Saul Bellow  --  The Adventures of Augie March
  • He believed himself to be rotting with a leprosy.
    Thomas Wolfe  --  Look Homeward, Angel
  • For weeks Adams was ostracized, "avoided like a man infected with leprosy," he would remember.
    David McCullough  --  John Adams
  • Her skin was as white as leprosy, The Nightmare Life-in-Death was she, Who thicks man’s blood with cold.
    Lew Wallace  --  Ben Hur
  • The horrible affliction known as leprosy, which has almost vanished before the effects of modern science, is common in Iceland.
    Jules Verne  --  A Journey to the Center of the Earth
  • He remarked to Sir Robert that rats and their ever faithful fleas do carry diseases—plague and infectious jaundice and rat-bite fever and possibly leprosy—but these diseases did not and therefore could not exist in St. Hubert, except for leprosy, which was a natural punishment of outlandish Native Races.
    Sinclair Lewis  --  Arrowsmith
  • Rub these hands, With what may cause an eating leprosy, E’en to my bones and marrow: any thing, That may disfavour me, save in my honour— And I will kneel to you, pray for you, pay down A thousand hourly vows, sir, for your health; Report, and think you virtuous— VOLP: Think me cold, Frosen and impotent, and so report me?
    Ben Jonson  --  Volpone
  • She then put on the spectacles and read certain passages aloud from a book—sternly, fiercely, wrathfully—praying that her enemies (she made them by her tone and manner expressly hers) might be put to the edge of the sword, consumed by fire, smitten by plagues and leprosy, that their bones might be ground to dust, and that they might be utterly exterminated.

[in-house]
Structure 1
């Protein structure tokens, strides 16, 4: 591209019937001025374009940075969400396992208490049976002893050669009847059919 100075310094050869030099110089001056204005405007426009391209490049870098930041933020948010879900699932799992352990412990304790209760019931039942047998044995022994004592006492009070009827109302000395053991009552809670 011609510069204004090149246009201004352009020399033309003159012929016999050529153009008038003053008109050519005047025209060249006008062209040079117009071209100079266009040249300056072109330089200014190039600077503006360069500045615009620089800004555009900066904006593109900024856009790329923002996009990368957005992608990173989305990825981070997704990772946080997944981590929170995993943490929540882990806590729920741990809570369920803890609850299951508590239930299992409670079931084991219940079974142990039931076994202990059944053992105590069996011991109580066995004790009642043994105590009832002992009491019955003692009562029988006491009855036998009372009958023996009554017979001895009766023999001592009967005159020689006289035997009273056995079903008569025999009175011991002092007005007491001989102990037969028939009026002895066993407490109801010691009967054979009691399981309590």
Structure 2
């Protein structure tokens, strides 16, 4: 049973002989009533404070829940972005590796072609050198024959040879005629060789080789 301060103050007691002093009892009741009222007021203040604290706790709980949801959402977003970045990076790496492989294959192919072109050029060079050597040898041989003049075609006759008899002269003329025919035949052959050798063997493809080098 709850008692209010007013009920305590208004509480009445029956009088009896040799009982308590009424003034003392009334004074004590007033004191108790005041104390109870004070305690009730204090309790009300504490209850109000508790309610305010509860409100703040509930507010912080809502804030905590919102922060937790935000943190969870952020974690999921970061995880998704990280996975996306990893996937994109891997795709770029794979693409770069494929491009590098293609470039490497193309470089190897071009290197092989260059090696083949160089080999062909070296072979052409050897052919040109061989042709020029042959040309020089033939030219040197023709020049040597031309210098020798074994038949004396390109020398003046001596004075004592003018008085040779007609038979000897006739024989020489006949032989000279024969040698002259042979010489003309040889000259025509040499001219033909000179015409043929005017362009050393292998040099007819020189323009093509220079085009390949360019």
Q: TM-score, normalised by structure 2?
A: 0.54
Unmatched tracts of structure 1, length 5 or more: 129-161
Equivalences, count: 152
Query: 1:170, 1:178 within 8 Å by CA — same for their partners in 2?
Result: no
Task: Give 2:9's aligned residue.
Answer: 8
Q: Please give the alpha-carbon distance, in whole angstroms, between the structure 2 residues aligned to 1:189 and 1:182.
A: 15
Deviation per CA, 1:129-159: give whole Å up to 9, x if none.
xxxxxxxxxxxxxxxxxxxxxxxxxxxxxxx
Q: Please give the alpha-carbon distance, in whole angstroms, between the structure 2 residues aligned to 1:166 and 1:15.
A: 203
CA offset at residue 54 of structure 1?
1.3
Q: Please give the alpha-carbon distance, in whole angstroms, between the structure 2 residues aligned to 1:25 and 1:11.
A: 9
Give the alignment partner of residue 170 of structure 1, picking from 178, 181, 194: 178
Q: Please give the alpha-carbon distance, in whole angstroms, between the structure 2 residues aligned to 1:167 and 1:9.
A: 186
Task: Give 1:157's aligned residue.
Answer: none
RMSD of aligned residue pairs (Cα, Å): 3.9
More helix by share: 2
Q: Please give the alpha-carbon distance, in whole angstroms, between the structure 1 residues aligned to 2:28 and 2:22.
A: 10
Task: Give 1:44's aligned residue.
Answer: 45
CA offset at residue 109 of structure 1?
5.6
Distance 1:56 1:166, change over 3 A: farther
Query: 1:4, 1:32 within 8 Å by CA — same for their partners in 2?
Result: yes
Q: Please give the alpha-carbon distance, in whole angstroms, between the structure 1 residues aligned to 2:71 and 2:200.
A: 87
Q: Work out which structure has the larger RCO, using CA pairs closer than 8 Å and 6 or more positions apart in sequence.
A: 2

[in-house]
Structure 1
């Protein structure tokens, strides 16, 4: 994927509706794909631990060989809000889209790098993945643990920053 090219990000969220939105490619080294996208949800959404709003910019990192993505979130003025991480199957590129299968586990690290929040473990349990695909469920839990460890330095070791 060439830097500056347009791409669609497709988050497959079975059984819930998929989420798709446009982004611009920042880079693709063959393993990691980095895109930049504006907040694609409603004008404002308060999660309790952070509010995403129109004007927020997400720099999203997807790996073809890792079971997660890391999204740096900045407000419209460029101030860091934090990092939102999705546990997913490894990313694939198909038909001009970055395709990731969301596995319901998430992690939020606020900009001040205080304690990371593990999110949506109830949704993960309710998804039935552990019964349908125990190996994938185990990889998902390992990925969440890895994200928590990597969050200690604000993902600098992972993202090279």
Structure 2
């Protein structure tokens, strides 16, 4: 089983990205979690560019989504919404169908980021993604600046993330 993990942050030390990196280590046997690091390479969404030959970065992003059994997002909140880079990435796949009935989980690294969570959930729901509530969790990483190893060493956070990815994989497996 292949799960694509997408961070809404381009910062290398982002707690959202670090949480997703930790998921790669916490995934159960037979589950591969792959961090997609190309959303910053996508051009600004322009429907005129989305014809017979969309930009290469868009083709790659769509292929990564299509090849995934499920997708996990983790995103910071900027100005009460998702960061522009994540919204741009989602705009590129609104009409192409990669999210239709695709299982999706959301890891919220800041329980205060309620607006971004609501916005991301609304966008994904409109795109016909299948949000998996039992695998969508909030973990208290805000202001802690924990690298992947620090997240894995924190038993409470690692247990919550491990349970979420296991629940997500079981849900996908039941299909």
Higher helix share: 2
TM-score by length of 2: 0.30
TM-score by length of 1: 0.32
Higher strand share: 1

Charles Dickens  --  Little Dorrit
  • Leprosy?
    Rick Riordan  --  The Lost Hero
  • "Well," said he, "it was thought at the time that it was the survival of the old mediaeval disease of leprosy: it seems it was very catching, for many of the people afflicted by it were much secluded, and were waited upon by a special class of diseased persons queerly dressed up, so that they might be known.
    William Morris  --  News from Nowhere
  • Damien eventually got leprosy himself and died, surrounded by his fellow lepers and friends.
    Bethany Hamilton  --  Soul Surfer
  • I considered that probably nothing would happen to Arnold, that he might not get leprosy, move to Africa and die.
    Amy Tan  --  The Joy Luck Club
  • Salt-water boils—red, angry, disfiguring—were a leprosy of the high seas, transmitted by the water that soaked me.
    Yann Martel  --  Life of Pi
  • "Leprosy," I say.
    Margaret Atwood  --  Cat’s Eye
  • The mother sat awhile speechless, motionless, paralyzed of soul, and capable of but one thought—leprosy, leprosy!
    Lew Wallace  --  Ben Hur
  • There is a stain in the fabric of the Temple, deep and foul as that left by the streaks of leprosy on the walls of the infected houses of old.
    Sir Walter Scott  --  Ivanhoe
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Associated words [difficulty]:   leprosy [6] , lupus [5] , Addison’s disease [8] , psoriasis [8] , autoimmune disease [9] , pneumonia [1] , TB [2] , asthma [2] , influenza [2] , malaria [2] , smallpox [2] , cholera [3] , diabetes [3] , measles [3] , polio [3] , typhoid [3] , ALS [4] , anemic [4] , sepsis [4] , yellow fever [4] , anemia [5] , lupus [5] , diphtheria [6] , hernia [6] , meningitis [6] , anthrax [7] , cerebral palsy [7] , encephalitis [7] , multiple sclerosis [7] , varicose veins [7] , Addison’s disease [8] , Lyme disease [8] , dengue fever [8] , emphysema [8] , hemorrhagic fever [8] , hypertension [8] , osteoporosis [8] , psoriasis [8] , Parkinson’s disease [9] , autoimmune disease [9] , carpal tunnel syndrome [9] , myasthenia gravis [9] , type 1 diabetes [9] , type 2 diabetes [9]